Examining the Success of Microcredit in Bangladesh
Microcredit, which provides small loans to those in poverty, has rapidly increased in third world countries, such as Bangladesh, over recent decades. Muhammad Yunus, who started a lending organization called the Grameen Bank, developed this program in the 1970s. There has been a great amount of success in reaching millions of borrowers, most of whom are women. The loans are often provided to pay for start-up costs of small businesses, and using the money to make money is strongly encouraged. Along with the tremendous success that has been experienced, there have been numerous improvements among the countries that have adopted such microcredit programs, especially Bangladesh. For example, while poverty is being alleviated, women are also experiencing empowerment. Not only have the lives of women, their families, and communities as a whole improved, but also, such lending programs significantly contribute to society, politics, and the economy. However, it is questioned whether or not microcredit programs have effectively reached the poorest of the poor. This argument is supported by the fact that the extremely poor population is vulnerable, and is being excluded from the vast majority that is able to take advantage of such programs. Nevertheless, the well-being of the poor in general has been greatly influenced by the many positive contributions of these small loans.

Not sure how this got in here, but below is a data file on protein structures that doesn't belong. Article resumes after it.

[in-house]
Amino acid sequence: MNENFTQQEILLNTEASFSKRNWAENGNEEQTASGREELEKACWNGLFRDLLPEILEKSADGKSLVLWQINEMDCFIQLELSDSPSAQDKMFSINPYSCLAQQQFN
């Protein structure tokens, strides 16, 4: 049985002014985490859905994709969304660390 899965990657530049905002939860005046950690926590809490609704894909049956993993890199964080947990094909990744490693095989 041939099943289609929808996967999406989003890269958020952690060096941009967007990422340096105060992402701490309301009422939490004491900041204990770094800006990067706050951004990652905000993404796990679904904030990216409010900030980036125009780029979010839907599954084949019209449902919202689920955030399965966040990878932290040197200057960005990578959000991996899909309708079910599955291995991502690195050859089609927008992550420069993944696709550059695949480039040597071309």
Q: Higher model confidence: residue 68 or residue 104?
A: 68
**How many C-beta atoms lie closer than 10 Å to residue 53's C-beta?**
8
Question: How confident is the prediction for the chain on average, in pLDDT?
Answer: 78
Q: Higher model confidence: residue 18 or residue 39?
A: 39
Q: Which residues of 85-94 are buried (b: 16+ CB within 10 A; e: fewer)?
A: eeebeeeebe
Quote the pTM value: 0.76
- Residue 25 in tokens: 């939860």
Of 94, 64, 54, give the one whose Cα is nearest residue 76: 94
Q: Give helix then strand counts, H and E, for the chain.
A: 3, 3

In the article, “Micro-credit and Poverty Reduction,” by H. I. Latifee, the many advantageous effects of microcredit programs, namely the Grameen Foundation, are examined. Microcredit has been associated with much progress including: the alleviation of poverty, the empowerment of women, the improvements among communities and families, as well as contributions to society, politics and the economy. Latifee’s article begins with a brief introduction, which discusses microcredit’s role in reducing poverty. Poverty is a global issue, in which more than one billion people in the world are struggling to survive on barely a dollar a day. This explains the reason why microcredit programs have now become a worldwide movement, and a powerful means of fighting poverty. As defined in this article, the poor are those whom live below the poverty line, and interestingly, women make up the majority of these individuals suffering from poverty. The reasons given for this are the fact that women are still facing discrimination and many barriers to opportunities. Latifee explains that, “Muhammad Yunus advocates that credit is a human right. Once the right is established, the entitlement to other rights for leading a dignified life becomes easier. It empowers to break the vicious cycle of poverty” (Latifee 4). He goes on to discuss that microcredit is even more empowering if combined with other programs or instruments. The process to reduce poverty takes into consideration the fulfillment of basic needs, and the development of assets that will reduce the poor’s vulnerability. This article then considers each of the improvements mentioned, while stating that appropriate planning is necessary for the benefits of microcredit programs to be enjoyed. If such planning is present, “evidences also show that serving the poorest and at the same time attaining sustainability are not contradictory goals” (Latifee 6). In the following section of the article, Grameen Bank, the pioneer of microcredit programs is discussed. It is made clear that this tension free program (which in fact requires no collateral or guarantee) provides the poor with options and flexibility when given access to credit. The program also appears to allow its members to cope with devastating situations much better, perhaps due to the concept of saving being a vital component of the Grameen program. Before concluding the article, Latifee provides examples from Grameen’s partners worldwide. An evaluation of these partners, in addition to the...
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